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I am using getdomainname() and gethostbyname() to try to get the domain of the computer so I can show the correct information on my program. However sometimes these functions don't return the correct information.

Is there any other way (in plain C) to get the domain name in Linux?

Edit: just to make it a bit more clear: I want to check if the computer is part of a domain. If it is, get the domain name.
Currently I am using the functions mentioned above. Are there any others?

@unwind: please DO NOT edit this question for "brevity" if I would like to say thanks I'll say thanks.

Thanks!

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"However sometimes these functions don't return the correct information." Could you be more explicit ? –  FabienAndre Aug 27 '10 at 13:10
    
more explicit: no info at all or something that doesn't look like the domain set. –  Jessica Aug 27 '10 at 14:13
    
What exactly do you want to accomplish? –  Sjoerd Aug 27 '10 at 14:20
    
to get the domain (if any) the computer is connected to. The reason for this, since it's going to be your next question, is that based on the domain the program will load a different set of options, or a default if no domain is present. –  Jessica Aug 27 '10 at 14:24
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I must agree, I find editing questions with no obvious benefits or readability fixes (i.e. code indenting) simply rude. –  Alexander Gessler Aug 27 '10 at 15:25
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3 Answers

up vote 0 down vote accepted

Unfortunately this information is not always set correctly. First of all, complain to your system administrator.

If all that fails, with something like the following you may get a field res->ai_canonname with a canonical hostname and then also iterate over all IP addresses:

struct addrinfo *res = NULL;
struct addrinfo hints = {
   .ai_family = AF_UNSPEC,
   .ai_flags = AI_V4MAPPED | AI_ADDRCONFIG | AI_CANONNAME | (name ? 0 : AI_PASSIVE),
    .ai_socktype = SOCK_STREAM,
};
getaddrinfo(name, NULL, &hints, &res);
for (struct addrinfo *p = res; p; p = p->ai_next) {
 ...
}

You'd then somehow have to select which ones are interesting for you (avoid loopback etc) and try to find a hostname corresponding to one of these IP addresses. But as IP addresses do not necessarily correspond to a valid hostname, this might fail also.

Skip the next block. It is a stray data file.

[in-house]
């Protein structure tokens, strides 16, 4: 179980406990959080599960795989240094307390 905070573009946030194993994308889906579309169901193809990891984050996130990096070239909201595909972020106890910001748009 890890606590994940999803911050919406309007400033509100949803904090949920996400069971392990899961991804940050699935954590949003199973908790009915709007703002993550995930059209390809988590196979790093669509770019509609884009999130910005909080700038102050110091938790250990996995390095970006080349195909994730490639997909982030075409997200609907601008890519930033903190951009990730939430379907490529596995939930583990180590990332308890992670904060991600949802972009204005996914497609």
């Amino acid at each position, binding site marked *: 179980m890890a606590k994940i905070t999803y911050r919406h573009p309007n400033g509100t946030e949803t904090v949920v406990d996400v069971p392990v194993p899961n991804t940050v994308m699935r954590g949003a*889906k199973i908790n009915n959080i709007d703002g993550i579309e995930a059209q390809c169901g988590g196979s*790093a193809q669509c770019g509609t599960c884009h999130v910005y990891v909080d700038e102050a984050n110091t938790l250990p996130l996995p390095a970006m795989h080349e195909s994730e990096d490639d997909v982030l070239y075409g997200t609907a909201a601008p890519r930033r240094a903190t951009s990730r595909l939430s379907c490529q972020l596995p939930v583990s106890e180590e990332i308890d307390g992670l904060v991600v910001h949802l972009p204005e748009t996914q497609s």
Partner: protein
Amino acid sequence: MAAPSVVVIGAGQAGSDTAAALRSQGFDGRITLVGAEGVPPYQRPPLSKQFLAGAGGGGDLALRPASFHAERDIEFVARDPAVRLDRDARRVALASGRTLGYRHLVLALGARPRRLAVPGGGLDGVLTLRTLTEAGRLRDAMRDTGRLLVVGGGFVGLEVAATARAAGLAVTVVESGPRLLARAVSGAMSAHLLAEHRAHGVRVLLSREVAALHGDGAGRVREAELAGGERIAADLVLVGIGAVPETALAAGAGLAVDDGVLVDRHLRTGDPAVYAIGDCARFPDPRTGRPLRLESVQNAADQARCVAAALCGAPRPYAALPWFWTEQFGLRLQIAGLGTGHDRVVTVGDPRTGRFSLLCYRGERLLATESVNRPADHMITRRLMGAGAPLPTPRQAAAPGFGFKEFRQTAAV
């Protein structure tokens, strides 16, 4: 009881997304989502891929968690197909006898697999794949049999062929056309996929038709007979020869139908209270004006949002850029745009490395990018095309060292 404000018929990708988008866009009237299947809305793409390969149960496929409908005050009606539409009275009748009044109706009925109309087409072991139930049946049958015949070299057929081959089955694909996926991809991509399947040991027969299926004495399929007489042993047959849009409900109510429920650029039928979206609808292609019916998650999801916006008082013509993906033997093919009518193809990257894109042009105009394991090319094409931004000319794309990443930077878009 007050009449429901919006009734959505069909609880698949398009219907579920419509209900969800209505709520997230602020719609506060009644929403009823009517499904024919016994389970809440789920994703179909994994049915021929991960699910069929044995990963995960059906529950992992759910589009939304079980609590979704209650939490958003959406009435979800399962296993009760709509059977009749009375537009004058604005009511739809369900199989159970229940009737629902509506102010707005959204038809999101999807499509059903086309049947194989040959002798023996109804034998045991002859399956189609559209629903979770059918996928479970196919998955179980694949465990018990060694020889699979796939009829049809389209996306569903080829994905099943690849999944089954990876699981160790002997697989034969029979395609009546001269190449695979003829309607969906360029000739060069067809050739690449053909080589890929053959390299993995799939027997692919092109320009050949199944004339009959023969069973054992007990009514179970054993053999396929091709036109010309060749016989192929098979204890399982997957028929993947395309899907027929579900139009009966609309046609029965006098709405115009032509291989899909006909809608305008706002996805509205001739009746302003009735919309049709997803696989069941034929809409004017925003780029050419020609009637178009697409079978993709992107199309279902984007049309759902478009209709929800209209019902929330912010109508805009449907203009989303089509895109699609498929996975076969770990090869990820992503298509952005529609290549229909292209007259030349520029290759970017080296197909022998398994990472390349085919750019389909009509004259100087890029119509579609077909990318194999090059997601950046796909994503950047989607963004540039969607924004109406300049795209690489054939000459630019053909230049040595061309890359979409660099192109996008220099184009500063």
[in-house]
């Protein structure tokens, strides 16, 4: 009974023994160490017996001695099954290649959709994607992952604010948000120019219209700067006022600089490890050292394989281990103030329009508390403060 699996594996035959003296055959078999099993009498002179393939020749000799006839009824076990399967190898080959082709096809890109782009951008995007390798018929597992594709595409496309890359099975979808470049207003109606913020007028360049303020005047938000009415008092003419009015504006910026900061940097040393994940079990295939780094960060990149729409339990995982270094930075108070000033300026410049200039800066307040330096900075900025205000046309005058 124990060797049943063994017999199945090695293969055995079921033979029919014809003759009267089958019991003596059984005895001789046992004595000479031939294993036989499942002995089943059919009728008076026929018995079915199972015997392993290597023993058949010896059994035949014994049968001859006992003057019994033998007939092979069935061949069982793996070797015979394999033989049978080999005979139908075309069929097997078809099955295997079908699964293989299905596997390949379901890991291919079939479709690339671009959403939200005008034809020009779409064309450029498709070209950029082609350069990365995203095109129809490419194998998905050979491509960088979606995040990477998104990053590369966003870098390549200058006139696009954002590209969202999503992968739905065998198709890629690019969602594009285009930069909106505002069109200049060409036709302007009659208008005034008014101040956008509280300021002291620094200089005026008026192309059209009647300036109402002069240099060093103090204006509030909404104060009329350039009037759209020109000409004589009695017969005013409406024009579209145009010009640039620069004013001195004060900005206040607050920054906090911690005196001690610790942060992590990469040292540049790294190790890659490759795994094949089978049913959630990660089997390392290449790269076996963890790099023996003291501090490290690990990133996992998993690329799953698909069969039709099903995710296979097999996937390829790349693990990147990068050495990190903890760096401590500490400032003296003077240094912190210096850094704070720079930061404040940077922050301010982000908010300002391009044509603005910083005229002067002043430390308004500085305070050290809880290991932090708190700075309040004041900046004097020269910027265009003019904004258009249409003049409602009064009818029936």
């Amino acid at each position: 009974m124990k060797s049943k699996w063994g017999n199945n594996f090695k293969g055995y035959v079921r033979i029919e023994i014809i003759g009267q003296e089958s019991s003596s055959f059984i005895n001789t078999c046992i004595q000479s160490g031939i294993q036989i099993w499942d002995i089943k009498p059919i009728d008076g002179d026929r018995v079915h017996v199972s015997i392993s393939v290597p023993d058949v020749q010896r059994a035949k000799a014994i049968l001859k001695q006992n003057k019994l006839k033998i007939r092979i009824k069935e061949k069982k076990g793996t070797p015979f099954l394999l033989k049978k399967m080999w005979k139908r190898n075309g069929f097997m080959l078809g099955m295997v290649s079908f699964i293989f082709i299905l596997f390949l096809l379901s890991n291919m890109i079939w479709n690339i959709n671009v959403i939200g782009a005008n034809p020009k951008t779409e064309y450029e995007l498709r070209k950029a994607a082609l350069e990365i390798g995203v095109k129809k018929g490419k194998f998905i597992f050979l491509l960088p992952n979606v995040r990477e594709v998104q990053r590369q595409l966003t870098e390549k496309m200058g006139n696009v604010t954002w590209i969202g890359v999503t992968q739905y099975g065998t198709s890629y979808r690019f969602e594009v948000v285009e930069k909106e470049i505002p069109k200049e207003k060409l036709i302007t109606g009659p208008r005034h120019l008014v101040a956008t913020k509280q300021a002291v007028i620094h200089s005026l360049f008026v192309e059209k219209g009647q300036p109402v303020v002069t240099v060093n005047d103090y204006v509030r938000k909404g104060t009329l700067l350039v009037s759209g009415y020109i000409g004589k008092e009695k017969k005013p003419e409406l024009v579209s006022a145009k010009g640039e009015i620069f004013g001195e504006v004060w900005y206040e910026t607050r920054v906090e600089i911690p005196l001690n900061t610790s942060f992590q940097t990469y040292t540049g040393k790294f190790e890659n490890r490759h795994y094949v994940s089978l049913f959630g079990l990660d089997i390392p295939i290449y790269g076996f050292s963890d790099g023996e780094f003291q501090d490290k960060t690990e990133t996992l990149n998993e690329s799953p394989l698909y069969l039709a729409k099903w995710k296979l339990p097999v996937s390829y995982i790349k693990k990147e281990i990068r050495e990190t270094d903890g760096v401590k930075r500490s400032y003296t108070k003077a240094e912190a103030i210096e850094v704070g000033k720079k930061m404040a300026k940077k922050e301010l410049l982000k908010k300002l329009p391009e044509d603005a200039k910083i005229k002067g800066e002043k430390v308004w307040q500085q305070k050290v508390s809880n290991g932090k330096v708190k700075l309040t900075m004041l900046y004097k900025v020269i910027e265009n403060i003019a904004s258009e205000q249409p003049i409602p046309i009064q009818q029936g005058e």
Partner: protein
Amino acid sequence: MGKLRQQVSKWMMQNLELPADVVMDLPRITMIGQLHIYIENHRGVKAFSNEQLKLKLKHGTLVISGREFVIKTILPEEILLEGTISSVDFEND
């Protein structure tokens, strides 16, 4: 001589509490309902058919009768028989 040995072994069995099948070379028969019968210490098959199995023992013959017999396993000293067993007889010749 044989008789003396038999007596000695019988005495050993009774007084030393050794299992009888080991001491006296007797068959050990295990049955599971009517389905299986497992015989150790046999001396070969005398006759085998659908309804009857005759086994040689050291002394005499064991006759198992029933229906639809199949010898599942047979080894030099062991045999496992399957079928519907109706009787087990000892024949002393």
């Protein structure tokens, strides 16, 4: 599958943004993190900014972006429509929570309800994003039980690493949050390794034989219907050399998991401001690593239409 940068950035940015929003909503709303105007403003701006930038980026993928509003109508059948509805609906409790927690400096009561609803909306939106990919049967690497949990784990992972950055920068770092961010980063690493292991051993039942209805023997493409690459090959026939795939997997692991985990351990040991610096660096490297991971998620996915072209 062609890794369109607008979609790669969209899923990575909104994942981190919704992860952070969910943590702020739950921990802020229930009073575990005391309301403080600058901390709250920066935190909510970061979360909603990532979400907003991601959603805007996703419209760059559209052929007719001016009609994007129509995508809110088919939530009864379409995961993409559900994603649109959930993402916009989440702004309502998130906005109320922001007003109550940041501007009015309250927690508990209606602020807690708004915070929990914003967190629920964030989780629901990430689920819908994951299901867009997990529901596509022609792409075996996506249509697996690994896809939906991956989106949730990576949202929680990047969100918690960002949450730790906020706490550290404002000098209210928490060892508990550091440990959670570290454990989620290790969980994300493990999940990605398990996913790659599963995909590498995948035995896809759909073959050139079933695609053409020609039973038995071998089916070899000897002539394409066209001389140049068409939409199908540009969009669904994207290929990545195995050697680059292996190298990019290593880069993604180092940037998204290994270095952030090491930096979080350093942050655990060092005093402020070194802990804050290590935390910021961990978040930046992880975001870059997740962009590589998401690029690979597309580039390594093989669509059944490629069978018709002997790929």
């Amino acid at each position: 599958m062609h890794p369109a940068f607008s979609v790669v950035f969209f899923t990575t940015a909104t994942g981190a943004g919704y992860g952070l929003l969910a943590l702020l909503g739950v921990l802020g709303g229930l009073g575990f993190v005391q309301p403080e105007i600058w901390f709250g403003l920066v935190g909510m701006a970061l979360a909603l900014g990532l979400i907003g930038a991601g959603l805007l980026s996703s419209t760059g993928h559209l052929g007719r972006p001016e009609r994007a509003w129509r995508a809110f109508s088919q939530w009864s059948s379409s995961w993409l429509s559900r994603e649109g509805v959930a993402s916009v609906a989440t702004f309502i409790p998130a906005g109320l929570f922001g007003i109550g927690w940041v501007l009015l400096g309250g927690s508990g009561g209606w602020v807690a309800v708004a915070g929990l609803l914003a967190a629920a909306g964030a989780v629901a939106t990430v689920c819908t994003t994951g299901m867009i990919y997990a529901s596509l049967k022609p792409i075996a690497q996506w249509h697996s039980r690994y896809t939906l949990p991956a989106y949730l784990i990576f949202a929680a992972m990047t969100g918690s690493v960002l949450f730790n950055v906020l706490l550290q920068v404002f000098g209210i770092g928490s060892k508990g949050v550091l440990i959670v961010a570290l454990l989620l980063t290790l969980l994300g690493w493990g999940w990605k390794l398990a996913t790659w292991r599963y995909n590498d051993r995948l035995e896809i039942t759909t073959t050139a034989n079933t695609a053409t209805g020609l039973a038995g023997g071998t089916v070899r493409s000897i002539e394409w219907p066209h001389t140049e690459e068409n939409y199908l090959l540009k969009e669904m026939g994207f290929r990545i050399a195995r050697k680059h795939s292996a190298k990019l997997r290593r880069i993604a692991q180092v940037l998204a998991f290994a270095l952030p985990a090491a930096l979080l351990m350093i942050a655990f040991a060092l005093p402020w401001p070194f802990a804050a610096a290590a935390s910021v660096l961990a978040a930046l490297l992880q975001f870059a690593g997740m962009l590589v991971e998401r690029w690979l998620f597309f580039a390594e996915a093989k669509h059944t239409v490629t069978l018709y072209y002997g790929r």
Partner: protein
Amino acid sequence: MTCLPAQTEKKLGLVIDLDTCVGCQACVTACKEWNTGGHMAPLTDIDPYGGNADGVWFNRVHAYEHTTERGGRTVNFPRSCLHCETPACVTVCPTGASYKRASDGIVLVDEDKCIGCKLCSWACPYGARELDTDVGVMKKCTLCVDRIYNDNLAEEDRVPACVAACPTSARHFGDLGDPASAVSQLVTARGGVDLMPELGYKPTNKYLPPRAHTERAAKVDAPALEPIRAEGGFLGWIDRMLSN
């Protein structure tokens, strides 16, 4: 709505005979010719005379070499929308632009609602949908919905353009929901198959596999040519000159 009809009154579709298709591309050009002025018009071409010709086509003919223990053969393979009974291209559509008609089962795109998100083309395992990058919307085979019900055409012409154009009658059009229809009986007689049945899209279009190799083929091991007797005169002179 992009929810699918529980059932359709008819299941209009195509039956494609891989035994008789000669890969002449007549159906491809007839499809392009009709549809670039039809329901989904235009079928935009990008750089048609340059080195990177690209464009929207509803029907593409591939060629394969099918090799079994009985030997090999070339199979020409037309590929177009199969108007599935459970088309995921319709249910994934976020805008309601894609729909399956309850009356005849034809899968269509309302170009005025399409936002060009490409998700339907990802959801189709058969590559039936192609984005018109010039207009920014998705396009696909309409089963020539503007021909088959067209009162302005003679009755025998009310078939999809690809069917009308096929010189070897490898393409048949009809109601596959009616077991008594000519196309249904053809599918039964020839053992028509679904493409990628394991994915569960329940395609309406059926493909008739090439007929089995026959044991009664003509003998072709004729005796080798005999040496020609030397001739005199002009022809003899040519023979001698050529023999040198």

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Thanks. ai_canonname will give me the name of the host, soft of the same as gethostname... As for the second part, I don't quite understand. You want me to get all the IPs and then call gethostname with each one? –  Jessica Aug 27 '10 at 14:43
    
@Jessica: not gethostname, there is no way to specify the IP address. You'd have to ask the resolver for that. I don't have too much experience with it but man 3 resolver should tell you the interfaces that you need. –  Jens Gustedt Aug 27 '10 at 15:30
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If you want to get the (Internet) domain name there are certain issues you need to think about.

A computer can have multiple network interfaces, in fact it almost certainly has at least two including the loopback interface. Each interface has an IP address (possibly more than one) and each IP address can be mapped to from any number of DNS names and entries in the hosts file.

So which, if any of the many possible domain names that getdomainname() returns depends on a whole raft of configuration issues. e.g. which IP address is configured to be the primary address, whether the hosts file is used in preference to DNS, whether the hosts file is correctly configured, whether the IP address has a reverse lookup set and lots of other issues.

For instance, it is fairly common to misconfigure the hosts file. If you see an entry in it like:

192.168.1.1  foohost foohost.example.com

that is wrong. The first host name on a line is the canonical name (for the interface) and subsequent entries are merely aliases. If you want the domain to come out as example.com rather than nothing, it needs to look like this:

192.168.1.1  foohost.example.com foohost

Also, every IP address on the Internet should ideally have a reverse lookup record in DNS which maps the IP address to a hostname and domain. However, there is no rule to say it has to exist or to say that it has to be the domain by which you SSH'd in or pointed your web browser at.

On any given computer, there are many reasons why the domain name is not what you expect.

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To get the hostname of the computer you are running the program on:

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uname tells you the name of the operating system. /etc/hosts is not guaranteed to have anything more than the loopback address in it. –  JeremyP Aug 27 '10 at 13:35
    
The linux utility hostname uses uname() to determine the hostname. If you do uname -n, it will give the hostname. It is the nodename entry in the utsname struct. –  Sjoerd Aug 27 '10 at 13:58
    
I am using gethostname to get the hostname, which then I feed to gethostbyname. so that's already there. –  Jessica Aug 27 '10 at 14:14
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